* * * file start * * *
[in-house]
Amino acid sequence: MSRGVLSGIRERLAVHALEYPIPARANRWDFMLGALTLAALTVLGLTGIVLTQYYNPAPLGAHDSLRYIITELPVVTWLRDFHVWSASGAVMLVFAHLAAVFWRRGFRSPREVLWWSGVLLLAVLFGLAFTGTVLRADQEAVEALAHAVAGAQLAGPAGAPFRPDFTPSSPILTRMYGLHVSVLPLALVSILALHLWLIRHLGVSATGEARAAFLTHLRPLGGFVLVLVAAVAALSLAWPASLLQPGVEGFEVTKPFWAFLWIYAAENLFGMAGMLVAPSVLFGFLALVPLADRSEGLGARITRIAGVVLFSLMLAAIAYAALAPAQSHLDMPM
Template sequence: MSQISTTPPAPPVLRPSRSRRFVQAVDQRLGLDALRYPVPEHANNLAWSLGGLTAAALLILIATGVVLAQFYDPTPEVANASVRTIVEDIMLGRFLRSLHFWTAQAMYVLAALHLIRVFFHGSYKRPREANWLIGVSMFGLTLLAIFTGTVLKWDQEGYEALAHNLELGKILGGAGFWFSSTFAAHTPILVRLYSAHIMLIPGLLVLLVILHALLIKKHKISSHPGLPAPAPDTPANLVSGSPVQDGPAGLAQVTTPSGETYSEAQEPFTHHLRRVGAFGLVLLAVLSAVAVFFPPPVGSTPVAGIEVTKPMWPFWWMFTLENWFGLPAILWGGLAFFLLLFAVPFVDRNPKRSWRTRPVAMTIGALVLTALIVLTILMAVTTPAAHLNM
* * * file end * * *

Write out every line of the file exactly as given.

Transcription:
[in-house]
Amino acid sequence: MSRGVLSGIRERLAVHALEYPIPARANRWDFMLGALTLAALTVLGLTGIVLTQYYNPAPLGAHDSLRYIITELPVVTWLRDFHVWSASGAVMLVFAHLAAVFWRRGFRSPREVLWWSGVLLLAVLFGLAFTGTVLRADQEAVEALAHAVAGAQLAGPAGAPFRPDFTPSSPILTRMYGLHVSVLPLALVSILALHLWLIRHLGVSATGEARAAFLTHLRPLGGFVLVLVAAVAALSLAWPASLLQPGVEGFEVTKPFWAFLWIYAAENLFGMAGMLVAPSVLFGFLALVPLADRSEGLGARITRIAGVVLFSLMLAAIAYAALAPAQSHLDMPM
Template sequence: MSQISTTPPAPPVLRPSRSRRFVQAVDQRLGLDALRYPVPEHANNLAWSLGGLTAAALLILIATGVVLAQFYDPTPEVANASVRTIVEDIMLGRFLRSLHFWTAQAMYVLAALHLIRVFFHGSYKRPREANWLIGVSMFGLTLLAIFTGTVLKWDQEGYEALAHNLELGKILGGAGFWFSSTFAAHTPILVRLYSAHIMLIPGLLVLLVILHALLIKKHKISSHPGLPAPAPDTPANLVSGSPVQDGPAGLAQVTTPSGETYSEAQEPFTHHLRRVGAFGLVLLAVLSAVAVFFPPPVGSTPVAGIEVTKPMWPFWWMFTLENWFGLPAILWGGLAFFLLLFAVPFVDRNPKRSWRTRPVAMTIGALVLTALIVLTILMAVTTPAAHLNM